I did feel, though that my work and words were not reaching my intended audience. It was disheartening. But I got the chance of working with young people who were in very difficult circumstances. Whether they were special needs children, very disadvantaged, tribal children, those in reform homes or those impacted by violence and conflict whether in their own homes or the political scenarios into which they were born. These were also children who had no platform to talk about their own hopes and dreams or challenges. I knew these were the stories that I wanted to write.
So I turned to reality fiction, mostly that which deals with the kind of challenges that young people face in their lives. Their crises and how they may find ways to deal with them. I found that these stories provided a safe space to talk about issues that they were confronted with, things that they were dealing with in the best ways they could. For example, after hearing a story about domestic violence, my audience often talks about their own difficult circumstances. Often, it is the first time that they can talk about this with an adult. And we try and come up with ways of dealing with it through open-hearted discussion. Had the topic come up, most likely, none of them would have been willing to admit their personal experience of this taboo topic. Stories and the characters in them create an awareness and an empathy that goes far beyond just an enjoyable read.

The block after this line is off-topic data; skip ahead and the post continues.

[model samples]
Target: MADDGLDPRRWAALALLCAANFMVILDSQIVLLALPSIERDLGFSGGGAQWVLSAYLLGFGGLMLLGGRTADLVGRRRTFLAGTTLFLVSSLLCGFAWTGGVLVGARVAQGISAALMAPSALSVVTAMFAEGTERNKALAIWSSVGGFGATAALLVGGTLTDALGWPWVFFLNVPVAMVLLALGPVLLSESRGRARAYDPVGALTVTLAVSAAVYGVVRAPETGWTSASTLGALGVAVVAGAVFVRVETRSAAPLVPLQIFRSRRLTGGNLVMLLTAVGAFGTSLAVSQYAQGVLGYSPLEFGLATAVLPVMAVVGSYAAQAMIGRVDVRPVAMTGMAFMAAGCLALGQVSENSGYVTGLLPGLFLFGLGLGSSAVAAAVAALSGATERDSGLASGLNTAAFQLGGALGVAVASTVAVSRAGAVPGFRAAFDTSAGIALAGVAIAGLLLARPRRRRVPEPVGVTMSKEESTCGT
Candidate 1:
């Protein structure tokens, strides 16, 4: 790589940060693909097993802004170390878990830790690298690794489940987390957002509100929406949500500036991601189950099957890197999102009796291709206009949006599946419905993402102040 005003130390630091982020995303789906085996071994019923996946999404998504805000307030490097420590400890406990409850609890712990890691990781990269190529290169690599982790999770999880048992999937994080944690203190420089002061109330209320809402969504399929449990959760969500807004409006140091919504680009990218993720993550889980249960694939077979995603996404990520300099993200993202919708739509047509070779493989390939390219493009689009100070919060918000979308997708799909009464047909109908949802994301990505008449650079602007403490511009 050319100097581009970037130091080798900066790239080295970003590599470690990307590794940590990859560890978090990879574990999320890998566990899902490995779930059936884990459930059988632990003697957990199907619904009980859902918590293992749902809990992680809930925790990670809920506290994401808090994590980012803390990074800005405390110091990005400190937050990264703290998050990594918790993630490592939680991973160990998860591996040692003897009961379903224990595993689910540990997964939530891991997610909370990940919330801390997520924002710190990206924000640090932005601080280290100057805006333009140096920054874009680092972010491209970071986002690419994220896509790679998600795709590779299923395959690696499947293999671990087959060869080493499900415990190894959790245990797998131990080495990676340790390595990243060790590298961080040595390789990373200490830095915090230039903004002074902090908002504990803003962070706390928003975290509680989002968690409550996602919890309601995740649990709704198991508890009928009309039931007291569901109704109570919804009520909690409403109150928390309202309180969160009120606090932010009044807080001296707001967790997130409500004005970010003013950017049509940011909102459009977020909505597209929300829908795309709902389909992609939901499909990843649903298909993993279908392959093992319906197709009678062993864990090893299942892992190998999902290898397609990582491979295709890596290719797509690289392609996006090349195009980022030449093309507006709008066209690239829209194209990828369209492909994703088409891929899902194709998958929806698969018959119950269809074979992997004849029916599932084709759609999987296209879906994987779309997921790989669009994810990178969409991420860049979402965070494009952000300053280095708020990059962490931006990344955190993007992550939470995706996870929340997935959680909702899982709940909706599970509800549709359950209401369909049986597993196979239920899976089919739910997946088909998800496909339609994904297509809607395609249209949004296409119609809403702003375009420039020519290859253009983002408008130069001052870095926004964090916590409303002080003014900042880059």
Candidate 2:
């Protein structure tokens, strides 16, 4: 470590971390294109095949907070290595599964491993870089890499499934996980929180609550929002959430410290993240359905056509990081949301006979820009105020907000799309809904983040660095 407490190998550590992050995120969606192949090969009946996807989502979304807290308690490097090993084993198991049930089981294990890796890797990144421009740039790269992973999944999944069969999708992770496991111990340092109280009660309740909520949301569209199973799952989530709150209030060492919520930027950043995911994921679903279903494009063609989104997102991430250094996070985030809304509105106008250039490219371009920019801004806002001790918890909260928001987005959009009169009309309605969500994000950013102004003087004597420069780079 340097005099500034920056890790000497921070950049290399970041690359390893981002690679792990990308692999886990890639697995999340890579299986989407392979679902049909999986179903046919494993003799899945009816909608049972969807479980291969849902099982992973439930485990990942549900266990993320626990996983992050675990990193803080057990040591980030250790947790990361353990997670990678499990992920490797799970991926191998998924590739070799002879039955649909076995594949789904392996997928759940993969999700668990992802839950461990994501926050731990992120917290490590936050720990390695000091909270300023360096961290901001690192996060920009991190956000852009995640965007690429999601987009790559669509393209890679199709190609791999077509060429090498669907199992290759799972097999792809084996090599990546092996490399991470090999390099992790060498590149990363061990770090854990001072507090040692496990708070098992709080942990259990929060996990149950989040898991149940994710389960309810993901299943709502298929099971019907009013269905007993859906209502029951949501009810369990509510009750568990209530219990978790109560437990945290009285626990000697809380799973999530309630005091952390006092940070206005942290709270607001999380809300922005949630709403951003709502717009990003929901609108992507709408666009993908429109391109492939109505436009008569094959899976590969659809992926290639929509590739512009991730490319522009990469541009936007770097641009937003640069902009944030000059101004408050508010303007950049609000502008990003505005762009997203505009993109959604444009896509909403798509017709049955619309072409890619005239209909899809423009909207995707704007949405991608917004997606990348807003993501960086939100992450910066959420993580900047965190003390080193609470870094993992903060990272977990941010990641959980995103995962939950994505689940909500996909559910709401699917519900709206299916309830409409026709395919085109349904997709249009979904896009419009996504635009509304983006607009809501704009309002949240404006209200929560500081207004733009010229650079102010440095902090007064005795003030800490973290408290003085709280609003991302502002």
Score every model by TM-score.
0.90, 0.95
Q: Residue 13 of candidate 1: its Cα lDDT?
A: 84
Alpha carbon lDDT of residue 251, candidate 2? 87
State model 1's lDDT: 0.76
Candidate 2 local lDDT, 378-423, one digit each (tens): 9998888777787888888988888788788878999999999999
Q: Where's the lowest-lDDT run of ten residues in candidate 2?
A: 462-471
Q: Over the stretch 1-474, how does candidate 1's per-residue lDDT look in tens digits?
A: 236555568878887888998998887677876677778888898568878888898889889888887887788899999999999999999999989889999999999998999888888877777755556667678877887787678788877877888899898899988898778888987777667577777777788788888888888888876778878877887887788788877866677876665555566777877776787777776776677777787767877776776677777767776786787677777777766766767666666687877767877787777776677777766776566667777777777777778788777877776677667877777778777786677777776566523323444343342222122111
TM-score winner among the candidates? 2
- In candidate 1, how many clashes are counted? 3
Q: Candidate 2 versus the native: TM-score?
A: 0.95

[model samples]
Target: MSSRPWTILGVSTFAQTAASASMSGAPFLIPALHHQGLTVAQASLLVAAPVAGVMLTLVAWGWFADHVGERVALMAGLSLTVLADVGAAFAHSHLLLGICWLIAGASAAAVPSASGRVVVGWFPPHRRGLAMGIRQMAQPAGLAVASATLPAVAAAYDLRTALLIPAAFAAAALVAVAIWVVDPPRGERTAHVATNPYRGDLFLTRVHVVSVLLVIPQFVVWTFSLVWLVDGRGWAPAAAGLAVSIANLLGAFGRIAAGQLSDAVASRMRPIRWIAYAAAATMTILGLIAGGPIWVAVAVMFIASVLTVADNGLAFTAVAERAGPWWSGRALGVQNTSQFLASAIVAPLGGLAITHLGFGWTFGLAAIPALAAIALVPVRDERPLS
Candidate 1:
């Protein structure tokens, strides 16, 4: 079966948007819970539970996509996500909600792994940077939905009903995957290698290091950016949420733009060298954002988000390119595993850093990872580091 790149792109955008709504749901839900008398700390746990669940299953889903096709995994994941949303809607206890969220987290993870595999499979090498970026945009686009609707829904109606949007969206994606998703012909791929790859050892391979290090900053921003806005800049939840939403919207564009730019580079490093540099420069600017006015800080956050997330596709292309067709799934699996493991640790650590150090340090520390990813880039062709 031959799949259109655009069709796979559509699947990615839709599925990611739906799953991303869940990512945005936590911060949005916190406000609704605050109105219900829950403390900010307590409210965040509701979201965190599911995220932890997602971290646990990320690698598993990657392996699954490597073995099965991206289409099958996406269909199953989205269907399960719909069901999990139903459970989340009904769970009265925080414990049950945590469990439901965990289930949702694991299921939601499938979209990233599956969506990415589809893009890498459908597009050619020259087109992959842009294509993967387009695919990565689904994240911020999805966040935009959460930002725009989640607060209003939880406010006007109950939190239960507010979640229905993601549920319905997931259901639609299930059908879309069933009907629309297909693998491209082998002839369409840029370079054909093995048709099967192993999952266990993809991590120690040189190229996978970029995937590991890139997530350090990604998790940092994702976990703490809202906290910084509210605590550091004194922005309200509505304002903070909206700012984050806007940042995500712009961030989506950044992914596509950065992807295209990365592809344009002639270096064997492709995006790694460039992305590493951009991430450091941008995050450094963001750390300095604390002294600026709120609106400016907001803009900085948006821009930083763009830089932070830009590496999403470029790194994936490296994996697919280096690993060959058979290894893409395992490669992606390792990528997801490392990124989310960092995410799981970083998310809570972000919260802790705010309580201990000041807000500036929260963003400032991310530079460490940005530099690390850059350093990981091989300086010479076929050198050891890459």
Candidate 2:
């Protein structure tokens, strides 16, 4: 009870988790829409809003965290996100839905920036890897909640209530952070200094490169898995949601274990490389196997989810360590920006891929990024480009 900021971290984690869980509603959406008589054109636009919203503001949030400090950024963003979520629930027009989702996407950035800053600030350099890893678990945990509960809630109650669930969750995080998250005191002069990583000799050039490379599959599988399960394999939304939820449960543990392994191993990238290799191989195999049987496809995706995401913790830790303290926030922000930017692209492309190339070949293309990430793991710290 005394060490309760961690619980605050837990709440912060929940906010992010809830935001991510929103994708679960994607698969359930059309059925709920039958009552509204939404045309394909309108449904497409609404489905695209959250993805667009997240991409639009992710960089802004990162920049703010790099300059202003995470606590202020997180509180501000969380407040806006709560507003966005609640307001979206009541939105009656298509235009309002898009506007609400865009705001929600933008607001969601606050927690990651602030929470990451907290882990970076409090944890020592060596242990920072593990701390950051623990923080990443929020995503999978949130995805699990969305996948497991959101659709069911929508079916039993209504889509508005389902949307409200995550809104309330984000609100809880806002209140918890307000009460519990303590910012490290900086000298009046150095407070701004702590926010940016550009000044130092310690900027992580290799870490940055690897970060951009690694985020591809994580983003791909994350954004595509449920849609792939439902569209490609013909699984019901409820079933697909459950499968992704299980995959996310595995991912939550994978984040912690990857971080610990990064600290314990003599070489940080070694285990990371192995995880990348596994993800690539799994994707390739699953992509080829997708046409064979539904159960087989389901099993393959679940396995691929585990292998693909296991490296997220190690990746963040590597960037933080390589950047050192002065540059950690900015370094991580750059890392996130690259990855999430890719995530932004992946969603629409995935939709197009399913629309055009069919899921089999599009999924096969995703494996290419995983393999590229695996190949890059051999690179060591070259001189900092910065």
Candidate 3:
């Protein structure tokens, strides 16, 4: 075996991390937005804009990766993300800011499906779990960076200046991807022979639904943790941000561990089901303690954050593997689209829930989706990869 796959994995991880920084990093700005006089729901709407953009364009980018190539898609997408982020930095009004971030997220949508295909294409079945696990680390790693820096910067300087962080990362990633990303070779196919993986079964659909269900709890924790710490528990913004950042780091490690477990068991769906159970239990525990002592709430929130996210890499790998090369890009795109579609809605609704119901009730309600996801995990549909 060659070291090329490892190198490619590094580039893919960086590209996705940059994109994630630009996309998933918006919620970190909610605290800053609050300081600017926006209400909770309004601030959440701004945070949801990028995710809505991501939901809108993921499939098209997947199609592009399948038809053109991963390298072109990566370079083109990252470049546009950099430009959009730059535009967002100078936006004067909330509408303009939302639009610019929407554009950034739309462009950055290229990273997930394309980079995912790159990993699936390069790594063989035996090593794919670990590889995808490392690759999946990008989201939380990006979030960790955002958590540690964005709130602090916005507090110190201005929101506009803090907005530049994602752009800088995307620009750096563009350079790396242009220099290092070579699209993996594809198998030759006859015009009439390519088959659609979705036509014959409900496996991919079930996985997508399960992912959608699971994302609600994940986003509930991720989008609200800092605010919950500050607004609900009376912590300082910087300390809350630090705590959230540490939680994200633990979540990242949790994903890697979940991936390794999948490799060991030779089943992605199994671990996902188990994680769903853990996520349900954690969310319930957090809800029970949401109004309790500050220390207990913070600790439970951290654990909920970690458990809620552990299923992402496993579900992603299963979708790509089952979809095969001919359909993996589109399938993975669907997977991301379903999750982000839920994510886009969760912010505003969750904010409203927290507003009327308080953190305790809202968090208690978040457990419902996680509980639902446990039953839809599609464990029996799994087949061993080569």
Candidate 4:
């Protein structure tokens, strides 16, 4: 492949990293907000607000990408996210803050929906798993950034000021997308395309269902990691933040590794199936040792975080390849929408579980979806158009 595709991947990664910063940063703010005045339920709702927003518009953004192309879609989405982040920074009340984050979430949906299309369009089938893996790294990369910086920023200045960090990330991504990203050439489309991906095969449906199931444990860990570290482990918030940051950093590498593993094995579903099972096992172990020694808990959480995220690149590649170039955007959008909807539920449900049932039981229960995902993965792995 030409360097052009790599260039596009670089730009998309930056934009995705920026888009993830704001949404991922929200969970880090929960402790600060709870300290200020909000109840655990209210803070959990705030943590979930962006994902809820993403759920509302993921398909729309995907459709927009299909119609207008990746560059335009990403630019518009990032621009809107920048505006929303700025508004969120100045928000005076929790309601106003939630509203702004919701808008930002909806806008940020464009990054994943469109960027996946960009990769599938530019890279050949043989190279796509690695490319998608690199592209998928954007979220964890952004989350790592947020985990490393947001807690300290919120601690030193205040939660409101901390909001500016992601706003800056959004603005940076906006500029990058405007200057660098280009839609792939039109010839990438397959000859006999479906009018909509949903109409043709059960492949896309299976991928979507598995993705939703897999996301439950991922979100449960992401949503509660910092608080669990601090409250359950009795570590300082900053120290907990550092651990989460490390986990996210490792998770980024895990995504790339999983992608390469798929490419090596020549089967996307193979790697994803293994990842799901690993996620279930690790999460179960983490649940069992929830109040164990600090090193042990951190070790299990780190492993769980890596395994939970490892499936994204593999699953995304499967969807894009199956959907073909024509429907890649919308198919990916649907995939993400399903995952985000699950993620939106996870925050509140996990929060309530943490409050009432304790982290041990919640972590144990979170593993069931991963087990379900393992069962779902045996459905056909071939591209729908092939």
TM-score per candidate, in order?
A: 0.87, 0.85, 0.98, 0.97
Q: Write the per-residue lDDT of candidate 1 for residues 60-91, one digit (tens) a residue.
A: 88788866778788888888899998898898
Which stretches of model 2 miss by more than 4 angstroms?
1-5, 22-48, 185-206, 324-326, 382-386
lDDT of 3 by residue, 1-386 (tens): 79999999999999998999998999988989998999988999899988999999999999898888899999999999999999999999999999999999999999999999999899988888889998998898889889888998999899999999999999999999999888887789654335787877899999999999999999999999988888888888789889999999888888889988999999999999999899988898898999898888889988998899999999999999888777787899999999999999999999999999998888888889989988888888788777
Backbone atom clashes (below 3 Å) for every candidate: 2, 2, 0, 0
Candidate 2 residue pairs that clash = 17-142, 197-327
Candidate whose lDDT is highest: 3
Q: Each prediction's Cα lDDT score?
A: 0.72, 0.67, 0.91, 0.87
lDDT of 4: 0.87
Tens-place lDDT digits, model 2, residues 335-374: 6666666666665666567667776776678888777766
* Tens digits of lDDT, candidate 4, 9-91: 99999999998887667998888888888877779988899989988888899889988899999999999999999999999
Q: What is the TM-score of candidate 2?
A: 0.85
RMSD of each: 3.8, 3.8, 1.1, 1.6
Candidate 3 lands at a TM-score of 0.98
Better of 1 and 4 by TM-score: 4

Young people are exposed to a plethora of information and they need a safe, sensible way to be able to understand.
I started a program Literature in Action that engages young people in issue-based stories and discussion. Often, children themselves demand that I write books on certain topics and I will try and get that done. So my stories on religion-based hatred, non-binary gender, sexual assault have all come out of young people expressing that they needed these stories. Sometimes, people want their stories told and feel incapable of writing and reaching audiences themselves. My Kashmir stories are inspired by children I have worked with in the Valley. My forthcoming book, Nomads Land comes from a Kashmiri Pandit girl who asked, “But what about my story?”
Because of the subjects I write on, sometimes my books become banned out of some schools. But I think that happens because parents don’t know how they will handle the ensuing questions and discussions and lean on the school to take it out of school reading. But this is very short-sighted in my opinion. Because young people are exposed to a plethora of information and they need a safe, sensible way to be able to understand.
Does this mean that I only write gloom and doom? Not at all, there are joyful books like A Very Naughty Dragon that, while being fun, also create an atmosphere of greater understanding and empathy.
So, from starting out being an expert liar, I have become, what one journalist described, “A writer who dares to tell the truth.”
Sarah Rose: Sarah Rose is 9 years old and this her first ever book. She loves Komodo dragons and reptiles. She loves almost all scary, dangerous, scaly, toothy, poisonous animals. She is athletic and she loves playing squash. In her spare time, she reads, sings and sometimes even bakes!
Paro Anand: Sahitya Akademi award winner for Children’s Literature, Paro Anand is a writer and works extensively with children, especially those in difficult circumstances through her programme, “Literature in Action”.
The views expressed are the authors’ own.